3 horizons

A widely used tool in the strategic field, McKinsey’s 3 horizons model helps you discuss growth strategy in relation to the core business over the months and years ahead.

What is this for?

The 3 horizons model is a growth strategy framework by McKinsey that you can use to think about the future of your company. It can help you manage growth in a coordinated way.

People often get it confused with an innovation strategy framework, but that’s incorrect. The 3 horizons model should only be used to set or challenge a growth strategy, which will help inform an innovation strategy. The innovation strategy, in turn, can help shape or challenge the growth strategy.

You’ll notice that the model has an axis of TIME and an axis of VALUE (sometimes labelled profit). The 3 horizons are simply three S-curves that occur one after the other, representing each innovation project.

Horizon 1: 1-3 years
Horizon 2: 2-5 years
Horizon 3: 5-12 years

The horizon model creates 3 future “waves” of innovation:

Horizon 1 innovations are generally short-term projects that generate results in 1-3 years. Of course, the timing varies. For instance, a tech, direct-to-consumer business might move faster and see results from their horizon 1 innovations within 6 months. But generally, you’ll be able to see results within 1-3 years.

Horizon 2 innovations take a bit longer because they’re typically those that have been copied from adjacent markets and applied to a new context (which means they still go over well in quarterly reviews). These innovations might involve adapting technology, processes, or revenue stream structures that already function well in other industries to your own.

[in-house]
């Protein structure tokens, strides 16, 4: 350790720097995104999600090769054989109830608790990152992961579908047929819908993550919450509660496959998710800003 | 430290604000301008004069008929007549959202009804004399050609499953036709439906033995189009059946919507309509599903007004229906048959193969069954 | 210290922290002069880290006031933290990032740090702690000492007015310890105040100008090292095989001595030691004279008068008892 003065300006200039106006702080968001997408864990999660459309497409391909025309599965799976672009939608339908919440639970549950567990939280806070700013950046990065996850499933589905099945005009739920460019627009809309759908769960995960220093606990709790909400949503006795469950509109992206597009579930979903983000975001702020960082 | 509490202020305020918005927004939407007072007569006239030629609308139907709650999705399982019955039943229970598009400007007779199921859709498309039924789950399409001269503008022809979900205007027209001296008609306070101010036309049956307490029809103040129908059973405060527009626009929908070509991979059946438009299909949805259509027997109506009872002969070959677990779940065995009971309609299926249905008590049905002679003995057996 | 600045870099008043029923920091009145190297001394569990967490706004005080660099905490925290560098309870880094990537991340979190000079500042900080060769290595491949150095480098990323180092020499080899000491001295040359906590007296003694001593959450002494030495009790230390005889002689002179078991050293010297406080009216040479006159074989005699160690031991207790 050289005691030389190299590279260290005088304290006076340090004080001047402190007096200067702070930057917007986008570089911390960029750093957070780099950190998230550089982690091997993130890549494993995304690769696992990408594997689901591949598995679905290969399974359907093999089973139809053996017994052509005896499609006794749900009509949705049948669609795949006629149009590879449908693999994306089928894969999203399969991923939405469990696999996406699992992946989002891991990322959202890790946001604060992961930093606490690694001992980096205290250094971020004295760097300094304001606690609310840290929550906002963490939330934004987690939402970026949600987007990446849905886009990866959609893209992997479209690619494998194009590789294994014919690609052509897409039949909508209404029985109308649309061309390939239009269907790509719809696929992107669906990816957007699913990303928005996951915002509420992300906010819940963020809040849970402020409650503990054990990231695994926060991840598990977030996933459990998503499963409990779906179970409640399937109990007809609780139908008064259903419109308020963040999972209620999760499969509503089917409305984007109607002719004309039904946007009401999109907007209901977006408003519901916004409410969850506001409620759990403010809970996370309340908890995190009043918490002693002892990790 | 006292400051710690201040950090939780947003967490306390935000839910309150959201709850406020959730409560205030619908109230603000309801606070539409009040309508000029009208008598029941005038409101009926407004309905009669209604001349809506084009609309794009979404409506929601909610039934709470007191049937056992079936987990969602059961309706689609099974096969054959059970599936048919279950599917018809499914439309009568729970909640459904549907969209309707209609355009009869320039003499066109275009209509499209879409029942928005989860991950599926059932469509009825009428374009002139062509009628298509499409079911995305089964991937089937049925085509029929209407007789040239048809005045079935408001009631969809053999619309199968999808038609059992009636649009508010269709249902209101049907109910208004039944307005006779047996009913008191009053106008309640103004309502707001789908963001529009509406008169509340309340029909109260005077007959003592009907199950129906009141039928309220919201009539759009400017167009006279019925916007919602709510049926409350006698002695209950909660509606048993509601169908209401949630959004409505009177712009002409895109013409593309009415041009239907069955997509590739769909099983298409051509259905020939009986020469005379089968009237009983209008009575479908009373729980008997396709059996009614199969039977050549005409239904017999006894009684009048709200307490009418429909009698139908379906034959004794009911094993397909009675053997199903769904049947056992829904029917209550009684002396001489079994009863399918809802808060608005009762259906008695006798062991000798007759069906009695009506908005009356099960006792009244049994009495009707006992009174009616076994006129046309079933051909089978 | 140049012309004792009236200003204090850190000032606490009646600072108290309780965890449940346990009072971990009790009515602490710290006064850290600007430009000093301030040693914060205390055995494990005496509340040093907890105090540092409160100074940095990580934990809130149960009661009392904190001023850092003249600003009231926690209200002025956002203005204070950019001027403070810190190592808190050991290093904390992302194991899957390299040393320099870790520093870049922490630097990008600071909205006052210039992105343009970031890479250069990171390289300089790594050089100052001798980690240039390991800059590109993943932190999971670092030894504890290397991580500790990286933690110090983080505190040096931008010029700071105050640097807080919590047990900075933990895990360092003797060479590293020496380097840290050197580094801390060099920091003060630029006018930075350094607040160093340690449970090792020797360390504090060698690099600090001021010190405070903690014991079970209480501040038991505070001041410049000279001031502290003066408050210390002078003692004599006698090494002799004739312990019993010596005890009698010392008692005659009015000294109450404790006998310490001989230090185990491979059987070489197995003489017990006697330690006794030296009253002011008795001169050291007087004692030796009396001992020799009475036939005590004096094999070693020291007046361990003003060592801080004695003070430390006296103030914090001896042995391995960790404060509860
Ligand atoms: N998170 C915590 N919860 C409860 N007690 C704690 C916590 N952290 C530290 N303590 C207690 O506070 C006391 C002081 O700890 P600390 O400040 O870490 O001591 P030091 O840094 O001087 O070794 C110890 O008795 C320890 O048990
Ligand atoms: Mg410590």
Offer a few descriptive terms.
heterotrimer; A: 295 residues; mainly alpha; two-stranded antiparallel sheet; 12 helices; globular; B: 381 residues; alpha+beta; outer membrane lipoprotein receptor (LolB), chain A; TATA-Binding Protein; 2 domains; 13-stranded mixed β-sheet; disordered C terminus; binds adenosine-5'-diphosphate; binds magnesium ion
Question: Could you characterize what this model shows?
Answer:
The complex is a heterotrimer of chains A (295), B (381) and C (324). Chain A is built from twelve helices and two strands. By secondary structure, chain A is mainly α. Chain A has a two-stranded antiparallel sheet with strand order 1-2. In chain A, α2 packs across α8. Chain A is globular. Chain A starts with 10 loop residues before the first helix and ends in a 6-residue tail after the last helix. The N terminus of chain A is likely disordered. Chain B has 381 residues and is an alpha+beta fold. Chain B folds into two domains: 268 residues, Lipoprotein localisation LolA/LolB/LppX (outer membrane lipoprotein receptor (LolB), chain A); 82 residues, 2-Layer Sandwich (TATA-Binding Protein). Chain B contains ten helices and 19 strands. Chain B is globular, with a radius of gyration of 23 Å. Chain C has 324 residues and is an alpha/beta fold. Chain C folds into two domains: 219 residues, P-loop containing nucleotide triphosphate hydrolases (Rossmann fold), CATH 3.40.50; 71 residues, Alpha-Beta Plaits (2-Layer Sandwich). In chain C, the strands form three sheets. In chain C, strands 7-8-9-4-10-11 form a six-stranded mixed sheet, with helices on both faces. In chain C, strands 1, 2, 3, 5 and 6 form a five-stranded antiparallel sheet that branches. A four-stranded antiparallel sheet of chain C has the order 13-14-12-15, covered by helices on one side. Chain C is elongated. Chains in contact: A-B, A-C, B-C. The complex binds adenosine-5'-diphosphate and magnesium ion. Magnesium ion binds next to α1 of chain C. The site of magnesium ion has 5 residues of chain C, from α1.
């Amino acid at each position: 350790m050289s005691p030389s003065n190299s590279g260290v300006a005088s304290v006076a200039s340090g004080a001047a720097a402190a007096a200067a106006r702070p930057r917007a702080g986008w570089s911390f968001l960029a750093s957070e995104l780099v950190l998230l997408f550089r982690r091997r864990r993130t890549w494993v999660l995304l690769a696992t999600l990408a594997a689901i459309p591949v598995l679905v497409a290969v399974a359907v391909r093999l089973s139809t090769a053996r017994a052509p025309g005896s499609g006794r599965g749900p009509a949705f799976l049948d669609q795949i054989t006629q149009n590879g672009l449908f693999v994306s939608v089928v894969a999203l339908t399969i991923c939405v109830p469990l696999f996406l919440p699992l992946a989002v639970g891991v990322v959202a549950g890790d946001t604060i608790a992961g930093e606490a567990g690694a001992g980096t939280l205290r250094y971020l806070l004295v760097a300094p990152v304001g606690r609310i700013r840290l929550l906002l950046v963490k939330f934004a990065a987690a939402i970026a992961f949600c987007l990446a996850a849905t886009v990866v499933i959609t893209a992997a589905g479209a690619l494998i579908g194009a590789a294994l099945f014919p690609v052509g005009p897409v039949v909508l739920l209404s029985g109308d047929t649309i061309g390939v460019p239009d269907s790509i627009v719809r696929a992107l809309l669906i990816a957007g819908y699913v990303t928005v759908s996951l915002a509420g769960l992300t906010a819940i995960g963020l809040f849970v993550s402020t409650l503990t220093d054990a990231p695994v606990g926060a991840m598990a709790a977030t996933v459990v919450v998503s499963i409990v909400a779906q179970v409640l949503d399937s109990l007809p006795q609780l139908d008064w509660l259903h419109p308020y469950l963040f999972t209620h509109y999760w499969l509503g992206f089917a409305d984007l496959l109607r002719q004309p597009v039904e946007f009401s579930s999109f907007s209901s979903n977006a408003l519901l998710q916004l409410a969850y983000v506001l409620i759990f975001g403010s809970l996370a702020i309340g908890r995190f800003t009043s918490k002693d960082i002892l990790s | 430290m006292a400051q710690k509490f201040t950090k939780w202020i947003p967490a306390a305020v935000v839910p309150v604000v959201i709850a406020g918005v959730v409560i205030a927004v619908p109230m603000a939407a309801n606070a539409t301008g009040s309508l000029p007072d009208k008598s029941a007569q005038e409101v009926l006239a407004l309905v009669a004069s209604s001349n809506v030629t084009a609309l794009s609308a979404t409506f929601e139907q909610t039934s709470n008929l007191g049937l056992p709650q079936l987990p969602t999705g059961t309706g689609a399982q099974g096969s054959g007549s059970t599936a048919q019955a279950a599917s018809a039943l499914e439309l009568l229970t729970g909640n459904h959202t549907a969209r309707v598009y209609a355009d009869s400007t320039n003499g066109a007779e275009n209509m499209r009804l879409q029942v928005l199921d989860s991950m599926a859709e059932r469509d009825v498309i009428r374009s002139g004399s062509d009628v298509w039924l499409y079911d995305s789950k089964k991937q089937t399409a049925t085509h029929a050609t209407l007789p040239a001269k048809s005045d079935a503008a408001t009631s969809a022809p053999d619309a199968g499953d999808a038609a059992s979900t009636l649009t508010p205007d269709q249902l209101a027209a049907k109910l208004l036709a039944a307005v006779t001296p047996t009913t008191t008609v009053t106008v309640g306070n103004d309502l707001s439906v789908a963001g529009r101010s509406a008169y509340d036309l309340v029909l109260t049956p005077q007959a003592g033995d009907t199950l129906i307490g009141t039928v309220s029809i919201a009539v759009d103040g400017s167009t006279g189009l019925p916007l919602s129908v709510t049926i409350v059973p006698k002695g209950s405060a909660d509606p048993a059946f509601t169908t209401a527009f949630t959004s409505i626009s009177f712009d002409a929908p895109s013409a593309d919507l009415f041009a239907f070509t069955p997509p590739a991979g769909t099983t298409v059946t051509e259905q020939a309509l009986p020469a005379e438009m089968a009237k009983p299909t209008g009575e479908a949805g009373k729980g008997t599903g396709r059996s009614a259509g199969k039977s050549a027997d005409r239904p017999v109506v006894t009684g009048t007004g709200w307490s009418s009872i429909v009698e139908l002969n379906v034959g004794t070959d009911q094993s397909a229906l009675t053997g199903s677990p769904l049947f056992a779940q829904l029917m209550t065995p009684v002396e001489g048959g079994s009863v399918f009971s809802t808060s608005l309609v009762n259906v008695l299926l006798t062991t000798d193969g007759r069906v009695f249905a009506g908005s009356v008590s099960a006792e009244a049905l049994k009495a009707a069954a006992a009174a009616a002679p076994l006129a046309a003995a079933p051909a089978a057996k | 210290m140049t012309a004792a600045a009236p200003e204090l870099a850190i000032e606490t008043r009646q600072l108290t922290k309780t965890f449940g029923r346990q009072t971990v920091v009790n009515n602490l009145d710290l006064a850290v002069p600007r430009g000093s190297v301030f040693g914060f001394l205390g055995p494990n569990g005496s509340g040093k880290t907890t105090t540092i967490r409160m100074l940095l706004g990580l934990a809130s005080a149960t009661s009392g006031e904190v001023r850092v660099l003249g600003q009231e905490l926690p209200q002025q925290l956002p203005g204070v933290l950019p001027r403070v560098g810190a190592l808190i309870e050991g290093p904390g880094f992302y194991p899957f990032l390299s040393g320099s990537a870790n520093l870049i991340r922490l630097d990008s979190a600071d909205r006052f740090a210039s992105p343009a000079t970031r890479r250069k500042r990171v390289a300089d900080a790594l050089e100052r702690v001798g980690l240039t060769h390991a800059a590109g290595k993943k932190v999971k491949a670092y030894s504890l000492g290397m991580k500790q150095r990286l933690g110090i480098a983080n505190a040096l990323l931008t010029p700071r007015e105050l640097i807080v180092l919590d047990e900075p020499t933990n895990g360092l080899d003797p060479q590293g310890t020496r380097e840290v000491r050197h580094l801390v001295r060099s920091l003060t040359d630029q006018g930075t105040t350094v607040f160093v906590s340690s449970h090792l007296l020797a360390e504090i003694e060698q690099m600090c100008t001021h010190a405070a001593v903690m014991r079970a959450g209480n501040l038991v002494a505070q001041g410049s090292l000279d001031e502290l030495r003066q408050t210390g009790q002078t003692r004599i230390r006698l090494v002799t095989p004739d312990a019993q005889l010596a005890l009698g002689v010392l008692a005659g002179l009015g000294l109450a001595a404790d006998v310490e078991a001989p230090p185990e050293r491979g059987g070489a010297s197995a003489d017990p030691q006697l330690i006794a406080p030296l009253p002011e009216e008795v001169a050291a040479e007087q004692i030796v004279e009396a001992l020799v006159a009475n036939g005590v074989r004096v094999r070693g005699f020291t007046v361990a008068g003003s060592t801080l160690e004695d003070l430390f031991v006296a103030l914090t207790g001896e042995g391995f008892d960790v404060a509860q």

Horizon 3 ventures are long-term innovation projects that generally produce results in 5-12 years. This typically is associated with non-incremental innovation (disruptive, radical, or architectural innovations, for instance). But in reality, we all know incremental changes in certain heavy B2B industries might only hit the market many years later, and thus show results in 5-12 years (think of the compounded effect theory of continuous incremental innovation).

Step-by-step guide

Step 1

Download this PDF and print it on an A3 or A2 sheet of paper. You can also draw the diagram on a sheet of paper if you can’t print. Best to use post-its to move ideas around as the discussion evolves.

Step 2

Have your fresh new corporate strategy at hand to refer to. Consider must-wins, business impact expectations, and timing around innovation outcomes in particular.

Step 3

Have a critical discussion about what the business is intending to achieve and by when with regarding to projects that could maintain or strengthen the existing core business as Horizon 1.

Step 4

Discuss the types of projects that will be considered emerging or expanding business opportunities. Will your idea generate substantial profits in the near future? Do you need a serious investment to make it happen? Plot your project types under the Horizon 2 curve accordingly.

Step 5

Do you wish to pursue long term return on innovation (ROI) or profitable growth down the road? E.g. small ventures such as research projects, pilot programs, core R&D activities or minority stakes in new businesses and markets? Map your strategic intent under the Horizon 3 curve on post-its.

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